Graves disease

Graves disease, a form of overactive thyroid disease, can cause insomnia, hyperactivity and weight loss. Women are affected up to eight times more often than men.

Graves disease Overview

Reviewed: September 12, 2014

Graves' disease is an autoimmune disease that affects the thyroid, causing hyperthyroidism. The immune system makes antibodies that trigger the thyroid to make more thyroid hormone than your body needs. An overactive thyroid increases the body's metabolic rate,

Common symptoms of an overactive thyroid include goiter (an enlarged thyroid), trouble sleeping, nervousness, irritability, heat sensitivity, and unexplained weight loss.

With Graves' disease, the immune system makes antibodies that act like TSH, which triggers the thyroid to make more thyroid hormone than your body needs. This is called an overactive thyroid or hyperthyroidism. An overactive thyroid causes every function of the body to speed up, such as heart rate and the rate your body turns food into energy. Many factors are thought to play a role in getting Graves' disease including genetics, gender or sex hormones, severe emotional stress or trauma, pregnancy, and infection.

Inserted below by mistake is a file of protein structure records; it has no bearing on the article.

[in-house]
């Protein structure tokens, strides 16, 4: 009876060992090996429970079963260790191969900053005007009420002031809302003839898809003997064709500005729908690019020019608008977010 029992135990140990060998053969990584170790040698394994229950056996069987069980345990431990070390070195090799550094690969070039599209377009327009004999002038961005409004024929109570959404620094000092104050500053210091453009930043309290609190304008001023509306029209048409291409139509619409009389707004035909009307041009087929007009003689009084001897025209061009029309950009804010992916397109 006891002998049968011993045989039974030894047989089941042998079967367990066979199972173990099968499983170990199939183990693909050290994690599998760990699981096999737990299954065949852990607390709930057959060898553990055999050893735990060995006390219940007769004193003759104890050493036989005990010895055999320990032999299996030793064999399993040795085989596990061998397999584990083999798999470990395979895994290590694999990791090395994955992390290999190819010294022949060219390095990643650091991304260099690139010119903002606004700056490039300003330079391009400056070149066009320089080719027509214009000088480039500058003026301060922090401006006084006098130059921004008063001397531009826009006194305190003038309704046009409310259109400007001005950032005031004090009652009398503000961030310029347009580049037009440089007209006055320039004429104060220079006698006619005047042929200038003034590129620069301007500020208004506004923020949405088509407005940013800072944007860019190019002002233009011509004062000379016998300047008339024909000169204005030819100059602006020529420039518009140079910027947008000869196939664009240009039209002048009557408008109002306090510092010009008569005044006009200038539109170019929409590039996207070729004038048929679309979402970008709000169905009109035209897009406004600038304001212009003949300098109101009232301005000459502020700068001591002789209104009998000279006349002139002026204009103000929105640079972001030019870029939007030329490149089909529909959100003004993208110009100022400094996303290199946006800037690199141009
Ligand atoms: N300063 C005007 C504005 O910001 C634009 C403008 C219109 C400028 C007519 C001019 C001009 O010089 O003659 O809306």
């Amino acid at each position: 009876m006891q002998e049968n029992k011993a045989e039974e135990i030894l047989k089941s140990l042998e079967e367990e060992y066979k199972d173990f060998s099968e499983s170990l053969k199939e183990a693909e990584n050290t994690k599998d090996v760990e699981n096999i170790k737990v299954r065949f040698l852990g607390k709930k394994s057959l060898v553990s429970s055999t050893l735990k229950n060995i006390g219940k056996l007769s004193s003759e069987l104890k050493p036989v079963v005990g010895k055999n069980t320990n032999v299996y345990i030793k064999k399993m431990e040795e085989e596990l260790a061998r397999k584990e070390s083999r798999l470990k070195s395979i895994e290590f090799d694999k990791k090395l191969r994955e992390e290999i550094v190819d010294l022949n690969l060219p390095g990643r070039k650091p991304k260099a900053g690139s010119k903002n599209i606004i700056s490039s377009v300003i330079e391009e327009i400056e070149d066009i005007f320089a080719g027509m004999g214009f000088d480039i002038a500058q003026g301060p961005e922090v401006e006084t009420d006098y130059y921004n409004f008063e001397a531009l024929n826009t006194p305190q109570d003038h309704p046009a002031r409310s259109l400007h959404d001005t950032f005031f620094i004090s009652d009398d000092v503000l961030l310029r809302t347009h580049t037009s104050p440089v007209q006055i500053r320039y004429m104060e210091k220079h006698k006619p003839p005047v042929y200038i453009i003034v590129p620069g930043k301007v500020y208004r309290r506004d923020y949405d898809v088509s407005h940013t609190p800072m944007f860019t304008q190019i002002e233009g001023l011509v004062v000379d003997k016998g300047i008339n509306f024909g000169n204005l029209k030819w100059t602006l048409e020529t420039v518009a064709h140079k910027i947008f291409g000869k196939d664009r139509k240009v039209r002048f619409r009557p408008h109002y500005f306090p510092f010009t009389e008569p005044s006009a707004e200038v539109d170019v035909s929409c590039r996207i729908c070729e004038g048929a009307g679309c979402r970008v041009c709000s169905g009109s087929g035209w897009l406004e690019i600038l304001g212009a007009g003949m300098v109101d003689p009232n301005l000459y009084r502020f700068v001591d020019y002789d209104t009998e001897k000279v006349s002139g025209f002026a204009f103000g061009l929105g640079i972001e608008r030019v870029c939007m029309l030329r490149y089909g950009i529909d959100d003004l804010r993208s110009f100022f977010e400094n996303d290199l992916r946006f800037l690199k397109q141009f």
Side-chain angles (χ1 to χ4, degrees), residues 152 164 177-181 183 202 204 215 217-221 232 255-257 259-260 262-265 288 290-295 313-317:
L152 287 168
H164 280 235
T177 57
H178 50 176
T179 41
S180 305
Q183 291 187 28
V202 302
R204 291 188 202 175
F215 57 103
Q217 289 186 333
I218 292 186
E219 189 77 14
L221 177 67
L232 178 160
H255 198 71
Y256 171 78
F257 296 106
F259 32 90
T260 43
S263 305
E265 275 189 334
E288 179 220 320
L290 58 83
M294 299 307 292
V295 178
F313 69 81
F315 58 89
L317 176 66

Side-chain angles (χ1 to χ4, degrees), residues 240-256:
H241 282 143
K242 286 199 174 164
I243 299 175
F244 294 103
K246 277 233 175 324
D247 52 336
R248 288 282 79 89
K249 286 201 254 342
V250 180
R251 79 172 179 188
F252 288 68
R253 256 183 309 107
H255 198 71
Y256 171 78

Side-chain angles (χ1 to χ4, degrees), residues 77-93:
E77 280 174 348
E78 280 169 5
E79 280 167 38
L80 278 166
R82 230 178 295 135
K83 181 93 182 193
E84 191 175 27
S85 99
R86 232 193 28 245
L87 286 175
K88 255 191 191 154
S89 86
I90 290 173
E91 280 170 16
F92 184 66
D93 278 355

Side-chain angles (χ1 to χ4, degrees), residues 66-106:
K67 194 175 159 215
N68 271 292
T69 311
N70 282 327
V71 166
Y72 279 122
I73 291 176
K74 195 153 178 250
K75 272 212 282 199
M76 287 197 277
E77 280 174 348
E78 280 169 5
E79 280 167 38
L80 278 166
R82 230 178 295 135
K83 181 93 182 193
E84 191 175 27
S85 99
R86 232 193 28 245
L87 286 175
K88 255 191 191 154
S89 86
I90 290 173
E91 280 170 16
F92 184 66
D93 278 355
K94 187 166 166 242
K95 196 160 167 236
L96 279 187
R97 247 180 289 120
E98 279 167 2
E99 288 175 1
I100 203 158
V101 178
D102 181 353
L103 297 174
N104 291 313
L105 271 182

Graves' disease treatments include medications, radioactive iodine therapy, and surgery. Methimazole and Propylthiouracil act on the thyroid from making too much thyroid hormone. Radioactive iodine destroys thyroid cells so that less thyroid hormone is made. Surgical removal of the thyroid is another treatment option. 

Graves disease Symptoms

Most people with Graves' disease have symptoms of an overactive thyroid, such as:

  • Goiter (enlarged thyroid)
  • Trouble sleeping
  • Irritability or nervousness
  • Heat sensitivity, increased sweating
  • Hand tremors
  • Rapid heartbeat
  • Thinning of skin or fine, brittle hair
  • Frequent bowel movements
  • Weight loss without dieting
  • Fatigue or muscle weakness
  • Lighter menstrual flow and less frequent periods
  • Problems getting pregnant

Unlike other causes of an overactive thyroid, Graves' disease also can cause:

  • Eye changes. For some people with Graves' disease, the tissue behind the eyes becomes inflamed and swells. This can cause bulging or discomfort in one or both eyes. Sometimes it affects vision. Eye symptoms can occur before, at the same time, or after other symptoms of Graves' disease begin. It may rarely occur in people with normal thyroid function. We do not know why these eye problems occur. They are more common in people who smoke, and smoking makes eye symptoms worse. Eye problems often get better without treatment.
  • Reddening and thickening of the skin, often on the shins and tops of the feet. This rare skin problem is not serious and is usually painless. Most people with this skin problem also have eye problems from Graves' disease.

Symptoms of Graves' disease can occur slowly or very suddenly and are sometimes confused with other health problems. Some people with Graves' disease do not have any symptoms.

Graves disease Diagnosis

Most people with Graves' disease have symptoms that are bothersome. Tests used to diagnose Graves' disease include: